My Mad Audio Skills

During our Country PowerPoint project we move from the research phase to the presentation phase. We have created a very straightforward template that directly correlates to their research guide. Students use a little bit of library time and a little bit of classroom time to get their information typed. We show students how to use clipart. It’s all very basic. And that’s okay for us at this particular point in the year for our second graders who have barely gotten past Starfall in their computer experiences.

So, we have PowerPoints created. The teachers print each project in the Notes view and the students divide the narration up in their groups and practice.

I have to say, I bring mad skills to the table for this one. In the past, “skills” meant that I had the quiet office (which I never use) where we could do audio recordings. The students used PowerPoint’s narration option to record their slides. It was time consuming because I had to pull each group of students individually outside of our library time. The outside of library time isn’t a problem for me, but it was challenging to get all the groups done and not have the teachers’ routines disrupted too much.

This year was different. I used $400 in grant money and purchased 8 digital voice recorders. I was able to set up groups all around the library each with a recorder, a microphone, copies of their PowerPoint and some basic instruction. And they went for it! It was wonderful! In one library session five-six groups of students recorded all of the audio they needed for the project.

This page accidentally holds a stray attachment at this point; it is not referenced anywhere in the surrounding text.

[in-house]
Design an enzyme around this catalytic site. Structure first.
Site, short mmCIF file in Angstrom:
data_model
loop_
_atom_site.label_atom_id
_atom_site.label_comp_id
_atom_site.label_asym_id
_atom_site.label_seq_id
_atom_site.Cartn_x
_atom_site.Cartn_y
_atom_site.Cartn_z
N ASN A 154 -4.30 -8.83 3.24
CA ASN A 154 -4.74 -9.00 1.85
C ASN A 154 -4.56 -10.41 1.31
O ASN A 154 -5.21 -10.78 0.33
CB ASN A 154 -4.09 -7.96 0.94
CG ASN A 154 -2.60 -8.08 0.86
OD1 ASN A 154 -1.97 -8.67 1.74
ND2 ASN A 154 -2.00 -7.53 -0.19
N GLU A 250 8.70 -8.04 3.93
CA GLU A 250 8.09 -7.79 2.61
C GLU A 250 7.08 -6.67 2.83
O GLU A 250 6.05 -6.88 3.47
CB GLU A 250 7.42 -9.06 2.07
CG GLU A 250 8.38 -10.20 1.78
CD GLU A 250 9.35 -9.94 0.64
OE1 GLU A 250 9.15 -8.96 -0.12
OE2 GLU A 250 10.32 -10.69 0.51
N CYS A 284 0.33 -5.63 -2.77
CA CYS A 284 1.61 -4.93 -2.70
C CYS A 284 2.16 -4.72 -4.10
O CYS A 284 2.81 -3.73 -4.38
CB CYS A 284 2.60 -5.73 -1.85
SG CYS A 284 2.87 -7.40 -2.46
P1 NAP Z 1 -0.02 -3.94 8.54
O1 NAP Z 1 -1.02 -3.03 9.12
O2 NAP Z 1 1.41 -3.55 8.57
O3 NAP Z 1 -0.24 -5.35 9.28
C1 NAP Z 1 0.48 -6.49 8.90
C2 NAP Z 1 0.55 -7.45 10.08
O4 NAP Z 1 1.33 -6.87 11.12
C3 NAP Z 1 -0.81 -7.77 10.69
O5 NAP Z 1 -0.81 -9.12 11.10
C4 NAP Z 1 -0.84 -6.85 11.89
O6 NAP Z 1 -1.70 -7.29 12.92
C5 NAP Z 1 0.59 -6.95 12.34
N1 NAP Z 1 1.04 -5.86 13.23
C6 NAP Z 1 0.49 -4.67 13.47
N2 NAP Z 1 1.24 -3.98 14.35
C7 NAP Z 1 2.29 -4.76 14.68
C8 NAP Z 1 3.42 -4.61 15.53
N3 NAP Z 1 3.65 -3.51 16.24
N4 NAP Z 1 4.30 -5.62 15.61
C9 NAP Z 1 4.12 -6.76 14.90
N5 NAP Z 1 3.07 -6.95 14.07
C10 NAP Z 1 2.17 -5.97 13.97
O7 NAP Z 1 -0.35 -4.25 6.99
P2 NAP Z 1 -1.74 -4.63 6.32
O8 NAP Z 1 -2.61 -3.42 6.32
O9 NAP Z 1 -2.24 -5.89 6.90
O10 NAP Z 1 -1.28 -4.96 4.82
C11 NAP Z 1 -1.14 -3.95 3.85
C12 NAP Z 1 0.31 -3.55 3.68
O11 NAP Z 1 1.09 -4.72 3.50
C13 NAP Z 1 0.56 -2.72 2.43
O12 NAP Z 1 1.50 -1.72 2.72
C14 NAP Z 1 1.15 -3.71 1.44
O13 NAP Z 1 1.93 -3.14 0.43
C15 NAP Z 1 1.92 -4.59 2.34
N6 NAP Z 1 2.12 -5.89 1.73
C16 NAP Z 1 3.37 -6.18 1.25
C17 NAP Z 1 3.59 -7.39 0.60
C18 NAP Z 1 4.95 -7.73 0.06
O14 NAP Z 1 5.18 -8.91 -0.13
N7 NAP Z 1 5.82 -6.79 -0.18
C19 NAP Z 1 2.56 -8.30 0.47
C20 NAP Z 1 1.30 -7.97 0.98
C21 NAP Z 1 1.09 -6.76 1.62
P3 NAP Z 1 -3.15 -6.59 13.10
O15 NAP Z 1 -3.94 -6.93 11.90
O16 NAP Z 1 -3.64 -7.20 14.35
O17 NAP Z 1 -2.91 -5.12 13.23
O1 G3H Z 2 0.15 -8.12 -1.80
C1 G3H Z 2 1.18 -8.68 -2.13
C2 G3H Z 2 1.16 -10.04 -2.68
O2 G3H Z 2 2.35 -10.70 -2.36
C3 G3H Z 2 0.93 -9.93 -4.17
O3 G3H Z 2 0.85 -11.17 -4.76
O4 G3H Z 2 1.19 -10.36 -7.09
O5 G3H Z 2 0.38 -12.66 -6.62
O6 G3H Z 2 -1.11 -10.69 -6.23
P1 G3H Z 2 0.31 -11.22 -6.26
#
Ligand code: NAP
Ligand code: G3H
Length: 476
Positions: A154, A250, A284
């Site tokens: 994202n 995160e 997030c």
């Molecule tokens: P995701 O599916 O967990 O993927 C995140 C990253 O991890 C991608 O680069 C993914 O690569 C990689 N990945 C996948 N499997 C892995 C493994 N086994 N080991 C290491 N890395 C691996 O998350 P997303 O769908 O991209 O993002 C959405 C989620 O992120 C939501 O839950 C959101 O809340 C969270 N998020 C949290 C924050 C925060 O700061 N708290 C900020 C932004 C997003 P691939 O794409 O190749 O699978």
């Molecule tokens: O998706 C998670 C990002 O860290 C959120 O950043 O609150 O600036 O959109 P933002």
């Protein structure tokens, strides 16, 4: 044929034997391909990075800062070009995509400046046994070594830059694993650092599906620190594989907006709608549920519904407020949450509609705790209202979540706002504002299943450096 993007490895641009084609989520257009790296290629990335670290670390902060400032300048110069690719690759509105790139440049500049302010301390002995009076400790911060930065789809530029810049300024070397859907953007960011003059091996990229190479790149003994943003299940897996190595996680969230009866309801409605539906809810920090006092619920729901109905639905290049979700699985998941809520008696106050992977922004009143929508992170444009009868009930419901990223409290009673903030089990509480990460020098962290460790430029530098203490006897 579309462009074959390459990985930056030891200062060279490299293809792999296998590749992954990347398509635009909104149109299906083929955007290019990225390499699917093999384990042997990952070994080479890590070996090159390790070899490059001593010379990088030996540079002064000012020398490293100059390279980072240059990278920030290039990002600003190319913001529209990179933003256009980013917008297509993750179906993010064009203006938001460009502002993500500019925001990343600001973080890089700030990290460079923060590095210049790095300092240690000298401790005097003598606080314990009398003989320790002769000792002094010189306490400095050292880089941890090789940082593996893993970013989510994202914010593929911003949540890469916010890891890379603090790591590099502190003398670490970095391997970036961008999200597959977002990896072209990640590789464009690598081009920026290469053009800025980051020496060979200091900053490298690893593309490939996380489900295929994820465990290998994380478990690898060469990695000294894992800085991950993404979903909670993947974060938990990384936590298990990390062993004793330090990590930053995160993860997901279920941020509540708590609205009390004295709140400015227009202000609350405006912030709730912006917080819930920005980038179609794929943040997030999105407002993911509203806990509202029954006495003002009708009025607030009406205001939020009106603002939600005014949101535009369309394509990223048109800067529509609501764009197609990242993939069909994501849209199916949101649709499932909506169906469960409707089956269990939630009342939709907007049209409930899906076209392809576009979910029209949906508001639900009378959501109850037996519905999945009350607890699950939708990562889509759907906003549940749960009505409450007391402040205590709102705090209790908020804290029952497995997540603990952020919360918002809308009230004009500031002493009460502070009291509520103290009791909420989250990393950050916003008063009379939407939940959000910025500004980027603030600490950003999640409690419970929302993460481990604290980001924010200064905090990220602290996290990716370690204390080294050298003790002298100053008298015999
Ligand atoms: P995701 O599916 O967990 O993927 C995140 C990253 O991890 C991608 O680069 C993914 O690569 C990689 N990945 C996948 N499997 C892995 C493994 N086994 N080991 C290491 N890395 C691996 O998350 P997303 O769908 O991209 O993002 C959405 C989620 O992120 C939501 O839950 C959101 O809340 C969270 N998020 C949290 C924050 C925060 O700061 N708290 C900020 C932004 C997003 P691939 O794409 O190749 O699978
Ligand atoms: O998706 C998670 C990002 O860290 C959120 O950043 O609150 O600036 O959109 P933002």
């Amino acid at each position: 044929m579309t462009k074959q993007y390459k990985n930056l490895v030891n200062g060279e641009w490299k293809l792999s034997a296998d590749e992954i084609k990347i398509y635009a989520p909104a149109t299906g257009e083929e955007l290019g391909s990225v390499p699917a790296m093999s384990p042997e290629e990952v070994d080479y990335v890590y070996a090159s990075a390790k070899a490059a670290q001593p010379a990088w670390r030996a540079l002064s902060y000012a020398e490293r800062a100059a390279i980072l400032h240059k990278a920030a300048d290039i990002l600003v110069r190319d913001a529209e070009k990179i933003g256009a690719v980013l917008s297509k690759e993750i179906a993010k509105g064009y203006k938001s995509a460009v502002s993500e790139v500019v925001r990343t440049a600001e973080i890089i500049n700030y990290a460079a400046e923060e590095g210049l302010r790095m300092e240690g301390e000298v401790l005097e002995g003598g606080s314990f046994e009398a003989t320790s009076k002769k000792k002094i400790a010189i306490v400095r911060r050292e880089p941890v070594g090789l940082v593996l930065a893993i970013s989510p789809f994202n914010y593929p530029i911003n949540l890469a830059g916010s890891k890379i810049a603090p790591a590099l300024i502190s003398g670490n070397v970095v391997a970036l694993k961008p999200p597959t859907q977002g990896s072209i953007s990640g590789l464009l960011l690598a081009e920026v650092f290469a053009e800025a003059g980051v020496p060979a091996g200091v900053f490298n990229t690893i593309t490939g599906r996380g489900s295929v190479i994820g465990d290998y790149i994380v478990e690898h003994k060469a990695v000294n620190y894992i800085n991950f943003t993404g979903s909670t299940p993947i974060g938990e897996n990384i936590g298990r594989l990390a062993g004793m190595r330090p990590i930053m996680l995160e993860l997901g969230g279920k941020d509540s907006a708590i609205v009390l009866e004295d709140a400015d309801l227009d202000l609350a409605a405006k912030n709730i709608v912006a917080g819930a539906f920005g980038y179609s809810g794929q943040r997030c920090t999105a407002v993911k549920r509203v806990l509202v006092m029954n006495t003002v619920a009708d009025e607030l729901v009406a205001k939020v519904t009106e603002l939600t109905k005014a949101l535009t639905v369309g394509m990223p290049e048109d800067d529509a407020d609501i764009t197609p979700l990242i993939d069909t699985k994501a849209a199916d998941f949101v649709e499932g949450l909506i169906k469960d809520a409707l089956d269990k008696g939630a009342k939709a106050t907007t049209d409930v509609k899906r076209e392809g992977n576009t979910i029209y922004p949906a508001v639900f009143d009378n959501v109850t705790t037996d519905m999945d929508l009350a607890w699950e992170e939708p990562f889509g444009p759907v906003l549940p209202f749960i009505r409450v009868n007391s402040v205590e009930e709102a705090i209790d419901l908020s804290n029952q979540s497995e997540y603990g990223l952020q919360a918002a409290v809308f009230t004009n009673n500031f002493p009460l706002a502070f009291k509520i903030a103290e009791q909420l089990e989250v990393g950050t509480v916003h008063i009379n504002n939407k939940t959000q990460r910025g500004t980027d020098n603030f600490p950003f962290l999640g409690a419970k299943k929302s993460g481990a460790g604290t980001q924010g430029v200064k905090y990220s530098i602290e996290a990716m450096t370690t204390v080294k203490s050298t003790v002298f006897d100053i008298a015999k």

I read an article in the last year called Rugrat-ical Technology. In it the author states that students need to be allowed to play and experiment with technology before they are required to use it to complete an assignment. I really did not follow that rule with this project. The kids did a great job though, and had fun doing it. And, they played a bit too! Have a listen

When the recordings were finished, I had many tracks to sort through to find the ones that went with the right slides. Once I got in the groove of it I think it took about 2 hours total to complete the work. I didn’t edit any audio tracks individually, but I did have to listen to quite a few extras to choose the best ones and insert them into slides. If I were to do this again I would have the groups review their tracks and choose which they want. They could write the track number next to the slide on their Notes page.

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